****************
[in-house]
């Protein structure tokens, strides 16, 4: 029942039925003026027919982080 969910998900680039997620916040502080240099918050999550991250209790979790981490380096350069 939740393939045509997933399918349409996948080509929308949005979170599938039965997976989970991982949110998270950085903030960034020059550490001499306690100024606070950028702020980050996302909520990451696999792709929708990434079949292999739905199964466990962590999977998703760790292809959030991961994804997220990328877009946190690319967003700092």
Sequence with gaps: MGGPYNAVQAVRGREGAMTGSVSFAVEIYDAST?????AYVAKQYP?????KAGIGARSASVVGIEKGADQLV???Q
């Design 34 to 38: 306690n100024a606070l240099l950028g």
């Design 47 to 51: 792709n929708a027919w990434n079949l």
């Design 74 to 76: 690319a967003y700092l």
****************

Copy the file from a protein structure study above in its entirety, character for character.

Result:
[in-house]
């Protein structure tokens, strides 16, 4: 029942039925003026027919982080 969910998900680039997620916040502080240099918050999550991250209790979790981490380096350069 939740393939045509997933399918349409996948080509929308949005979170599938039965997976989970991982949110998270950085903030960034020059550490001499306690100024606070950028702020980050996302909520990451696999792709929708990434079949292999739905199964466990962590999977998703760790292809959030991961994804997220990328877009946190690319967003700092």
Sequence with gaps: MGGPYNAVQAVRGREGAMTGSVSFAVEIYDAST?????AYVAKQYP?????KAGIGARSASVVGIEKGADQLV???Q
């Design 34 to 38: 306690n100024a606070l240099l950028g």
């Design 47 to 51: 792709n929708a027919w990434n079949l």
């Design 74 to 76: 690319a967003y700092l």